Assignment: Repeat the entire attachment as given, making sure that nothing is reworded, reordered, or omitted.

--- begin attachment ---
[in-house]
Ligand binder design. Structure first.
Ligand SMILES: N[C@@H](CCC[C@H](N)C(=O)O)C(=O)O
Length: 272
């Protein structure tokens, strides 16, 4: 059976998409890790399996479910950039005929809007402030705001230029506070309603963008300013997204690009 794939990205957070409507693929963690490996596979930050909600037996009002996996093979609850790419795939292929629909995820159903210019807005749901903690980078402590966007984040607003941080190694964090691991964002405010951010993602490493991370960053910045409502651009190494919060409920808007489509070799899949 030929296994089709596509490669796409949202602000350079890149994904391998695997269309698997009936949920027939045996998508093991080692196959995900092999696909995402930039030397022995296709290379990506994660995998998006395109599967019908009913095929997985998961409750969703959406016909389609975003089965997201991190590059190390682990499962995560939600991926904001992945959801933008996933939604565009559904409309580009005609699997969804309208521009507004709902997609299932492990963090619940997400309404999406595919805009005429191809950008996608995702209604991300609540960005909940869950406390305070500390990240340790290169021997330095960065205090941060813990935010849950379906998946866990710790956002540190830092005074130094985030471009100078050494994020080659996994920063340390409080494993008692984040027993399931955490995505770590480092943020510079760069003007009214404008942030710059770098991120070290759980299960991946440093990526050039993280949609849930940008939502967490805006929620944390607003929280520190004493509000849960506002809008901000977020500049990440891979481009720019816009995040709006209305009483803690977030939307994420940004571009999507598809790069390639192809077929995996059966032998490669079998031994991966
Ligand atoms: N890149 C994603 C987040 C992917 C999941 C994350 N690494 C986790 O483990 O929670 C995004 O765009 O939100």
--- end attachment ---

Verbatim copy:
[in-house]
Ligand binder design. Structure first.
Ligand SMILES: N[C@@H](CCC[C@H](N)C(=O)O)C(=O)O
Length: 272
């Protein structure tokens, strides 16, 4: 059976998409890790399996479910950039005929809007402030705001230029506070309603963008300013997204690009 794939990205957070409507693929963690490996596979930050909600037996009002996996093979609850790419795939292929629909995820159903210019807005749901903690980078402590966007984040607003941080190694964090691991964002405010951010993602490493991370960053910045409502651009190494919060409920808007489509070799899949 030929296994089709596509490669796409949202602000350079890149994904391998695997269309698997009936949920027939045996998508093991080692196959995900092999696909995402930039030397022995296709290379990506994660995998998006395109599967019908009913095929997985998961409750969703959406016909389609975003089965997201991190590059190390682990499962995560939600991926904001992945959801933008996933939604565009559904409309580009005609699997969804309208521009507004709902997609299932492990963090619940997400309404999406595919805009005429191809950008996608995702209604991300609540960005909940869950406390305070500390990240340790290169021997330095960065205090941060813990935010849950379906998946866990710790956002540190830092005074130094985030471009100078050494994020080659996994920063340390409080494993008692984040027993399931955490995505770590480092943020510079760069003007009214404008942030710059770098991120070290759980299960991946440093990526050039993280949609849930940008939502967490805006929620944390607003929280520190004493509000849960506002809008901000977020500049990440891979481009720019816009995040709006209305009483803690977030939307994420940004571009999507598809790069390639192809077929995996059966032998490669079998031994991966
Ligand atoms: N890149 C994603 C987040 C992917 C999941 C994350 N690494 C986790 O483990 O929670 C995004 O765009 O939100």